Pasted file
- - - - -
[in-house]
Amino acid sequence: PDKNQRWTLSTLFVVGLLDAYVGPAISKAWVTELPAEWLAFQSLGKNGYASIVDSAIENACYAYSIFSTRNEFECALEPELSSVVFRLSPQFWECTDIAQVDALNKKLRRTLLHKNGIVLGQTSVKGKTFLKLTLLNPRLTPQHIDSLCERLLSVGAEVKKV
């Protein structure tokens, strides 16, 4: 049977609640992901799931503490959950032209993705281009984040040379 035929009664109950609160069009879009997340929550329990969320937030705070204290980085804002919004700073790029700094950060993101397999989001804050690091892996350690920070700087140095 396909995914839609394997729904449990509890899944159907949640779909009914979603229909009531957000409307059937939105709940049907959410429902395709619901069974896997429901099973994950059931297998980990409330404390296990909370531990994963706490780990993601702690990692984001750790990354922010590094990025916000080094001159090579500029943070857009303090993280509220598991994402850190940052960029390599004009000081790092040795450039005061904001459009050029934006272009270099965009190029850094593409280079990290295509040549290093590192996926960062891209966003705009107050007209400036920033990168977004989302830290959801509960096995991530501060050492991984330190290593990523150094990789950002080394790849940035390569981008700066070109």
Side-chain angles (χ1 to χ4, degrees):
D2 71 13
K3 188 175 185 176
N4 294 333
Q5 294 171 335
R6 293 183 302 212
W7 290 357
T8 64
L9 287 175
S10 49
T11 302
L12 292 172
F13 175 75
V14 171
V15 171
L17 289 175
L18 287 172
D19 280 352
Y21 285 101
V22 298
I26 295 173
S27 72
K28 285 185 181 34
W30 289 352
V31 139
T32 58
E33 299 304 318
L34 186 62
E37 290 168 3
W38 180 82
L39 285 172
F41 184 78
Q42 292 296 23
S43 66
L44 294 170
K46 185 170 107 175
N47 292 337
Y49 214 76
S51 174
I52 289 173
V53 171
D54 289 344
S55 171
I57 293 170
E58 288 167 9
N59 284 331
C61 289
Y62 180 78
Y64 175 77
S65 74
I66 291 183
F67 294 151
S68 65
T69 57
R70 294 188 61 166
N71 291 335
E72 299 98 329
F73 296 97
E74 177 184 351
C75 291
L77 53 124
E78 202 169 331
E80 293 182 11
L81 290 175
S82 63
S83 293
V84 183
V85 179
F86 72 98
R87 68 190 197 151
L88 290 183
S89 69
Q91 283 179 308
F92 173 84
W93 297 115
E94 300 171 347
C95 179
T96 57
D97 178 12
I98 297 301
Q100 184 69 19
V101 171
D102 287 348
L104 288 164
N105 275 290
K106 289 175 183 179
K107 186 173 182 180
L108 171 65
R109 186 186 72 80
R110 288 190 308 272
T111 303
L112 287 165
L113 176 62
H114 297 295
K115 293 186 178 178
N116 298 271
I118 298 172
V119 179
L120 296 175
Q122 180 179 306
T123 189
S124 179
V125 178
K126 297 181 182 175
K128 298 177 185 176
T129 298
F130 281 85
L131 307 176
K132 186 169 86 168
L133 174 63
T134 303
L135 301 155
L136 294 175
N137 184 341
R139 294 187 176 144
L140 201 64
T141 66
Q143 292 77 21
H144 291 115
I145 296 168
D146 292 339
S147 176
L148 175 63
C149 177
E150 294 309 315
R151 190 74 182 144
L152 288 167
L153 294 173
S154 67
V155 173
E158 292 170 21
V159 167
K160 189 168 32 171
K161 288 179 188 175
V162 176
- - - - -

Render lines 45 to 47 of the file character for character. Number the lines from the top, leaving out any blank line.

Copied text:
D54 289 344
S55 171
I57 293 170